Wednesday, July 24, 2002



  The Rediff Special/ Basharat Peer

All the President's kin

A P J M Maraicayar (wearing a cap), elder brother of President-elect A P J Abdul Kalam, along with family members and friends at New Delhi railway station on July 24
A P J M Maraicayar (wearing a cap), elder brother of President-elect A P J Abdul Kalam, along with family members and friends at New Delhi railway station on July 24  
The sun was still to rise. The air at the railway platform was filled with expectation as the Grand Trunk Express screeched to a halt, July 24, after a 36-hour journey from Chennai in south India.

Spartan in appearance, slinging bags over their shoulders and holding briefcases, a small group alighted from the AC III tier coach. No coolies rushed forward to offer to carry their baggage as the group moved towards the stairs that led to the exit of New Delhi railway station.

And then, there were lights, camera, action...

Policemen rushed in to ensure their safety even as flashbulbs went off from waiting press photographers and the lights came on from television cameras. This was no ordinary group of tourists: they were the kith and kin of A P J Abdul Kalam, the man who will be sworn in President of India on July 25. And the media was present in strength to catch them.

The group of 34 included the bachelor Kalam's immediate family and some childhood friends who had traveled from his hometown Rameswaram, Tamil Nadu, to New Delhi to witness the swearing-in ceremony at the Central Hall of Parliament.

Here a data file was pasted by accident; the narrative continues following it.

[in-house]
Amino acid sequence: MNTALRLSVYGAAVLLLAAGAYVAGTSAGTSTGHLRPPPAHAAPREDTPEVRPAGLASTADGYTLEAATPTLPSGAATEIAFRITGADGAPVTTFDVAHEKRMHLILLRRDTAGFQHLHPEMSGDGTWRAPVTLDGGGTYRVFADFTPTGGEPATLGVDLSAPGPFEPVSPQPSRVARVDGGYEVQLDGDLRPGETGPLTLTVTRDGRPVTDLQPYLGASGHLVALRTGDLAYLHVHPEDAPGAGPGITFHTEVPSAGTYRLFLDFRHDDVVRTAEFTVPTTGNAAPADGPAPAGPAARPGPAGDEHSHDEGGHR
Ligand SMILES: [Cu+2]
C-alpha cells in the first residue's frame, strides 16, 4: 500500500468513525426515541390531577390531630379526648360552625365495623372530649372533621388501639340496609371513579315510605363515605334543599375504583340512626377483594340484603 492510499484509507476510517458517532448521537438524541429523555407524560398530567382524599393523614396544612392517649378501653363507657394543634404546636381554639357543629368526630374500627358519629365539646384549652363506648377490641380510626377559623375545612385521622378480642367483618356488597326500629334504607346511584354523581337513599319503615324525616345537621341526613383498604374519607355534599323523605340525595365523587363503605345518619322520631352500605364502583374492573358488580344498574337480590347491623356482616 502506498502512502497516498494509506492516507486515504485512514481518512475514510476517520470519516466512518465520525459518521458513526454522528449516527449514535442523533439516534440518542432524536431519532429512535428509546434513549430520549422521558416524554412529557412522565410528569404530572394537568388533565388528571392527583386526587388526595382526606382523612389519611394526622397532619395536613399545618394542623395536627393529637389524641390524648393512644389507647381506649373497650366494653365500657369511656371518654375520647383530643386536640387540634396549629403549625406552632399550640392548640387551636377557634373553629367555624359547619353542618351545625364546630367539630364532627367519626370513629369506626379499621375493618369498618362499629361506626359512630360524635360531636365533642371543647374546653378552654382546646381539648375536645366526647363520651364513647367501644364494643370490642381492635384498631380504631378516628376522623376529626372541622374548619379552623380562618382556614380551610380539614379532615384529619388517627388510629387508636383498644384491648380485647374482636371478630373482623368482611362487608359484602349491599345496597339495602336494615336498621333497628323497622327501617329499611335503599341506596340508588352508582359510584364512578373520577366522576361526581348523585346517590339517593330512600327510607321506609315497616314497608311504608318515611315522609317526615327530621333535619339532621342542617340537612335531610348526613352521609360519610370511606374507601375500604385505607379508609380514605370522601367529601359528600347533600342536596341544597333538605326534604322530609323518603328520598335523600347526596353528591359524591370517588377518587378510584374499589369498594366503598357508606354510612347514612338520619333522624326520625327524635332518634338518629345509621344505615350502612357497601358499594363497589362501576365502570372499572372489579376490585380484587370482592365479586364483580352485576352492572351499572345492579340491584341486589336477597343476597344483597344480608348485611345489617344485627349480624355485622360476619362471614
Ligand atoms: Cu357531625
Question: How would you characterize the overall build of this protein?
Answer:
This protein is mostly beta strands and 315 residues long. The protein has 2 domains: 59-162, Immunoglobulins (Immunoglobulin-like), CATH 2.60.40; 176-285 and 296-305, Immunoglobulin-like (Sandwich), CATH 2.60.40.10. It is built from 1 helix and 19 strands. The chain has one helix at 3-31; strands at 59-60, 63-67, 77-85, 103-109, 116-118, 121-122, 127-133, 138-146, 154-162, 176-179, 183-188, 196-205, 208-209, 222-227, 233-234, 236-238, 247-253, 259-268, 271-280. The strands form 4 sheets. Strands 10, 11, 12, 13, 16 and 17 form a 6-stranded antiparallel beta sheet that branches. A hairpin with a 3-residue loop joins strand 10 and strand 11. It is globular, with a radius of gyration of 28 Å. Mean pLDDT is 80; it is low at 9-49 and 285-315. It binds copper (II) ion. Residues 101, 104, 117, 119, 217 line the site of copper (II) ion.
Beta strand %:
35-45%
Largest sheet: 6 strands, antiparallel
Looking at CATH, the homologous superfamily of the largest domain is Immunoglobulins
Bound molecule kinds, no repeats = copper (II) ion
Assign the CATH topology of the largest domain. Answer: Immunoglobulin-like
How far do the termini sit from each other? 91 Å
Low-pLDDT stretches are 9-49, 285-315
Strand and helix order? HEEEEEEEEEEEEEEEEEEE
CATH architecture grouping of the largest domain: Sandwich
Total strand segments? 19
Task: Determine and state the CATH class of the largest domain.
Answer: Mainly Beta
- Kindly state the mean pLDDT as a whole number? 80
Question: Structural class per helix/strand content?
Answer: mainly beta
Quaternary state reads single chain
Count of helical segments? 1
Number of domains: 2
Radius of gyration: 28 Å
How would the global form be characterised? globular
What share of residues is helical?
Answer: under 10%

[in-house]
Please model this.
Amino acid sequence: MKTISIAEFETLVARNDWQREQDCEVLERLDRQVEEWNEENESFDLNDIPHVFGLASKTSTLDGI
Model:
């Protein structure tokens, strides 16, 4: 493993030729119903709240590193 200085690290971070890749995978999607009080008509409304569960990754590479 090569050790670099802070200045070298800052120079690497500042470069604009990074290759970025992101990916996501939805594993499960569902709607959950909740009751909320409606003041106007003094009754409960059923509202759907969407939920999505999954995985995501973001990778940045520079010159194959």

Counting the beads on his rosary, muttering Allah with every count, and uncomfortable under the arc lights was Kalam's elder brother, A P J M Maracaiyar, 85.

A boat owner, a dealer in seashells, this frail green-eyed man has brought up the man who is going to be President.

"I am extremely happy. I always prayed for his (Kalam's) success. He has made us proud. We had special prayers for a hassle-free presidential term for him. But I don't expect him to serve us. The nation is more important," said a smiling Maracaiyar, donning a velvet Nehru cap, a cream coloured shirt and a lungi.

Although he is looking forward to seeing his brother in the presidential palace, the old man prefers the sea. "I will not stay at Rashtrapati Bhavan even if he asks me to and will leave on July 26," he said.

Next to him is P L V Shastri, an elderly priest from Rameswaram, who was the President-elect's classmate. Despite the long journey, Shastri shows no signs of fatigue.

"The journey was very comfortable. But I have been impatient all the way. I just wanted to reach here fast. It is our greatest moment," he declared.

He is carefully carrying a weed basket. "I have brought prasad for him. It is from the holy temple at Rameswaram. He used to come there frequently. It is my way of wishing him a glorious term as President," he said with a sparkle in his eyes.

The excited entourage has a composition befitting the ideals Kalam has followed. It is a display of communal harmony, a journey that the Rameswaram temple priest, Shastri, and imam of the local mosque, A C M Noor-ul-Huda, took together.

Both the holy men are praying for Kalam's successful Presidency. The priest has brought prasad for Kalam while the imam offered special namaaz.

"We do not differentiate on the basis of religion in Rameswaram. We live together happily. He (Kalam) would visit the temple and the mosque," said Noor-ul-Huda.